How to Care for Pothos Houseplants-Comfort Plants

Pothos is one of the plants that are perfect for beginner plant parents. Aside from the fact that they are absolutely stunning, they are also quite easy to care for. These plants are usually found in houses as a decorative accessory for it can be placed in hanging pots, baskets or at the top shelf with their leaves trailing down. 

They have the scientific name Epipremnum aureum and belong to the Araceae family of the Plantae kingdom. They are also called several names like the devil’s ivy or devil’s vine for they have the characteristics of being hard to kill. It may also be called a money plant in some other countries because of its almost round and flat leaves that somehow imitate the shape of a coin. 

It is originally from Solomon Island but is now found in many tropical countries. They are known to be viners or trailers and can grow up to 6-10 ft long. It is also said that when they are in their natural habitat, they can grow up to 30-50 ft long and can bear really large leaves when they climb around the large trunks of trees. 

Most plants are normally shiny in texture and grow about 4-12 inches long. They are usually mistaken for philodendron they look alike, they both have somewhat heart-shaped leaves. But Pothos have thicker and textural leaves while philodendrons have darker and smoother leaves that are less likely to be variegated. 

They are fast growers, and easy to multiply, and as mentioned in the first paragraph that they are actually easy to take care of, and here are their care guides. 


1. For Sunlight 

Pothos grow best in indirect light. Most varieties can tolerate anywhere from low to bright indirect light. They grow more when they have more light. They do not like direct sunlight though. They will burn if they are left in direct light.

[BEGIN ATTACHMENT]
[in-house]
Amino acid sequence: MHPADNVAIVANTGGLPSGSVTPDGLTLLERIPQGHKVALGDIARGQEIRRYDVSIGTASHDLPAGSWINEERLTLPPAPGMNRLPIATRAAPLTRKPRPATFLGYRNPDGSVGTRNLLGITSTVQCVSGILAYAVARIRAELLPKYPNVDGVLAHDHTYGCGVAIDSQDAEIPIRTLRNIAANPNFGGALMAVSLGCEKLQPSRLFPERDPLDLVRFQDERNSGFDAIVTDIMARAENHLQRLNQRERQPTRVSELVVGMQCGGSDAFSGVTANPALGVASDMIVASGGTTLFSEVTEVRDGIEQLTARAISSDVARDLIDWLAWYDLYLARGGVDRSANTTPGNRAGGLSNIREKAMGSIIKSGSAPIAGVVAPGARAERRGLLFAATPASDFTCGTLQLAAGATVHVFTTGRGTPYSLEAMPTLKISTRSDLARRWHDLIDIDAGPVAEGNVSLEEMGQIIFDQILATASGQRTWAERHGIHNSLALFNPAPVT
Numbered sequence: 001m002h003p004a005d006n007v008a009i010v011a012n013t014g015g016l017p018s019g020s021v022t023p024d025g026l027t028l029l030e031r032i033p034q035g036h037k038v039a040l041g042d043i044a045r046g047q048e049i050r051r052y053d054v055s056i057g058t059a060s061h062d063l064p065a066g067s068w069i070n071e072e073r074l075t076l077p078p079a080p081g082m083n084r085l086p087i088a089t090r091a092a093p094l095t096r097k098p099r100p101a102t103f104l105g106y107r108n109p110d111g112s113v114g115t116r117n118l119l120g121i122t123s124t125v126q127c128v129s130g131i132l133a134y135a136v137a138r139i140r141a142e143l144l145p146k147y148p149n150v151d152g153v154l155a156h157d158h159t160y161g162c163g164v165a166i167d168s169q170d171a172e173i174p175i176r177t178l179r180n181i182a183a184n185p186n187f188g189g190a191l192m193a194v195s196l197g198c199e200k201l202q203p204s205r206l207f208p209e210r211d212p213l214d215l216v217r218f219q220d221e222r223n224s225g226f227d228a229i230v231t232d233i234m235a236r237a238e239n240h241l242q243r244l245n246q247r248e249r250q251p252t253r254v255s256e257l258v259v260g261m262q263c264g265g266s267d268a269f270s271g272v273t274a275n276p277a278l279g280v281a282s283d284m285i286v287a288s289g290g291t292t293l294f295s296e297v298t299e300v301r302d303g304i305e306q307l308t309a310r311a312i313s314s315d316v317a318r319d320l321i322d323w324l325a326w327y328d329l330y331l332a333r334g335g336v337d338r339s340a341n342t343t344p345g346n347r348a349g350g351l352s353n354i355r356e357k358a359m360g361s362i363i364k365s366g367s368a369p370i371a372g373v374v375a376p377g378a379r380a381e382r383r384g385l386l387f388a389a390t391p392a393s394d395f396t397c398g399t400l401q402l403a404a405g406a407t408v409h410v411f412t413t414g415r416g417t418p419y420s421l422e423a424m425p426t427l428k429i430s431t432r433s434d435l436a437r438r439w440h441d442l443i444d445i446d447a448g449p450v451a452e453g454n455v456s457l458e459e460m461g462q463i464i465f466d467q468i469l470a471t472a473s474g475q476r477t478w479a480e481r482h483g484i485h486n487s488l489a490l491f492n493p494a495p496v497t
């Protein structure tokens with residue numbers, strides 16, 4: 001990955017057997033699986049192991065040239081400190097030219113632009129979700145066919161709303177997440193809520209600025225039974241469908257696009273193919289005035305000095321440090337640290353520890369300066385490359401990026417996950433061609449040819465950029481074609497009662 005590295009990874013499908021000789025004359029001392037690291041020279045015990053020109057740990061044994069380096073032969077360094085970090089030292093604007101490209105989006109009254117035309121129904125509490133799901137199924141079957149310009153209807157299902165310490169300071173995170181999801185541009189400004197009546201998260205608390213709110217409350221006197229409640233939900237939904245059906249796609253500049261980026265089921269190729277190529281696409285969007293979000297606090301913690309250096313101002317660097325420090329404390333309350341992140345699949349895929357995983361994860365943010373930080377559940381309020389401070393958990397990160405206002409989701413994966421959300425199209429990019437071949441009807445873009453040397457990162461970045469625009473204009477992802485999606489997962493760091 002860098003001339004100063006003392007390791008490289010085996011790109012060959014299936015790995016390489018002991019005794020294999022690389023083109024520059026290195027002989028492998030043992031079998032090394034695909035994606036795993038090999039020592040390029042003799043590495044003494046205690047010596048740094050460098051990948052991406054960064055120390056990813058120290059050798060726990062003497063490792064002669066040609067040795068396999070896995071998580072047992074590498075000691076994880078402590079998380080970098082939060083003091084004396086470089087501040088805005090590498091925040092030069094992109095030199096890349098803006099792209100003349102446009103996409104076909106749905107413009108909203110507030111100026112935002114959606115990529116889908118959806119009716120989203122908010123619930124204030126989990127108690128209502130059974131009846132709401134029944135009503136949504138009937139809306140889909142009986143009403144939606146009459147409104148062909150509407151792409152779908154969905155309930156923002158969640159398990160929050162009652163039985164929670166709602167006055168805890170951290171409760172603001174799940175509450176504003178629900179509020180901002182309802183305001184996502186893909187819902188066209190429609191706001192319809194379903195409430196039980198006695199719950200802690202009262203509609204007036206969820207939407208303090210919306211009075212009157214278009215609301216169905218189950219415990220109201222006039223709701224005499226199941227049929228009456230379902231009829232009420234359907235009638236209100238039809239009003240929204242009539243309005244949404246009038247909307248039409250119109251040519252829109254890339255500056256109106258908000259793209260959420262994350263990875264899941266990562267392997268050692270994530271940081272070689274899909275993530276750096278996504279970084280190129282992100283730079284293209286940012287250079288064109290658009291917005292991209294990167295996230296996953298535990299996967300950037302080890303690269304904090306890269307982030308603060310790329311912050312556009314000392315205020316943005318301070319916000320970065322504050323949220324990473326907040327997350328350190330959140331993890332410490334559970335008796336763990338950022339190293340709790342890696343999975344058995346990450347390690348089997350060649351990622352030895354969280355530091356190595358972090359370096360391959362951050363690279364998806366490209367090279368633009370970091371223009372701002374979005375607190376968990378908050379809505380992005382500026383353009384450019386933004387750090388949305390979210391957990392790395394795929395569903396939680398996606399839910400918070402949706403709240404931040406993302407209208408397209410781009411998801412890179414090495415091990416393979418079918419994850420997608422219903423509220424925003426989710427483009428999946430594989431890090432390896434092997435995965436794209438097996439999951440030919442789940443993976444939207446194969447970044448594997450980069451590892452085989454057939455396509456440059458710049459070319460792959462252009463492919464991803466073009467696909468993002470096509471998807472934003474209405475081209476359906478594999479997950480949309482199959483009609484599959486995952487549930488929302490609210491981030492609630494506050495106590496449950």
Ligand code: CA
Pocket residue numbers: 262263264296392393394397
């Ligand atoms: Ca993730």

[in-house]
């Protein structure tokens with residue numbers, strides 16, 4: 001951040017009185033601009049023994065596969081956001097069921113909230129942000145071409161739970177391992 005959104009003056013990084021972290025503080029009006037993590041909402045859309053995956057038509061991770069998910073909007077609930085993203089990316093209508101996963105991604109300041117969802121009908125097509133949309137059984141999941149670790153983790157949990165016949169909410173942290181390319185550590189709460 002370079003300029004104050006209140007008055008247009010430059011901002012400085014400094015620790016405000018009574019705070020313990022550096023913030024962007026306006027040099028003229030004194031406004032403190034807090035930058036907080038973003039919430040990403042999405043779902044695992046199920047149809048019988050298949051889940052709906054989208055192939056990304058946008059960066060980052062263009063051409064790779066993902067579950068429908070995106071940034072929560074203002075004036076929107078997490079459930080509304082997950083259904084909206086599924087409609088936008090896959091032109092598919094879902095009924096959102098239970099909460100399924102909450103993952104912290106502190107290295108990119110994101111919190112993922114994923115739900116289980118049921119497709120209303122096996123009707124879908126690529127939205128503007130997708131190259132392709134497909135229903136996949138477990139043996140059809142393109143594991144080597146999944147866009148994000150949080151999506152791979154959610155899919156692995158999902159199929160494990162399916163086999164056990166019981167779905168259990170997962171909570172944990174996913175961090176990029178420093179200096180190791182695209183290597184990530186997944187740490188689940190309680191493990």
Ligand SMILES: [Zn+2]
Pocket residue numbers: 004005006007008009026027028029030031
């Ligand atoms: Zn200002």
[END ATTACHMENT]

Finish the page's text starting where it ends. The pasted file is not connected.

2. Temperature 

Pothos are happiest in climates between 60-85F. They can tolerate a little warmer or cooler, but they will be happiest in that range.

3. Watering 

Pothos like moist soil, but be mindful not to overwater them. We wait until the top 2" inches of soil are dry before re-watering. If the leaves start turning brown we recommend you watering your Pothos plant more. If the plants start turning yellow try watering your pothos plant less. These plants are known for root rot, so we advise to underwater if you are unsure.

4. Soil 

A well-draining soil is good for this plant. Recommended getting a well-draining pot, the one with drainage holes so that excess water can exit the plant.

5. Fertilizer 

Pothos are not heavy feeders but will occasionally need light feeding. They can be fertilized once every 3 months to keep them growing healthy. 

6. Propagating 

Pothos can be propagated using stem cuttings. It should be cut from a mature stem and with several leaves for more successful propagation. The cuttings can be placed in a jar filled with water and placed in a room that is reached by sunlight. The water should be replaced every three days.

7. Repotting 

Since pothos plants are fast growers, their roots tend to grow out of their pots as well and can be rootbound which means that they should be repotted already just 1-2 inches bigger from the old pot. It is not recommended to get an extremely large pot so you won’t have to repot again but this is actually wrong because roots won’t be able to fill the newly available growing space rapidly enough making them moist and making them more susceptible to harmful microbes. 


Available Pothos

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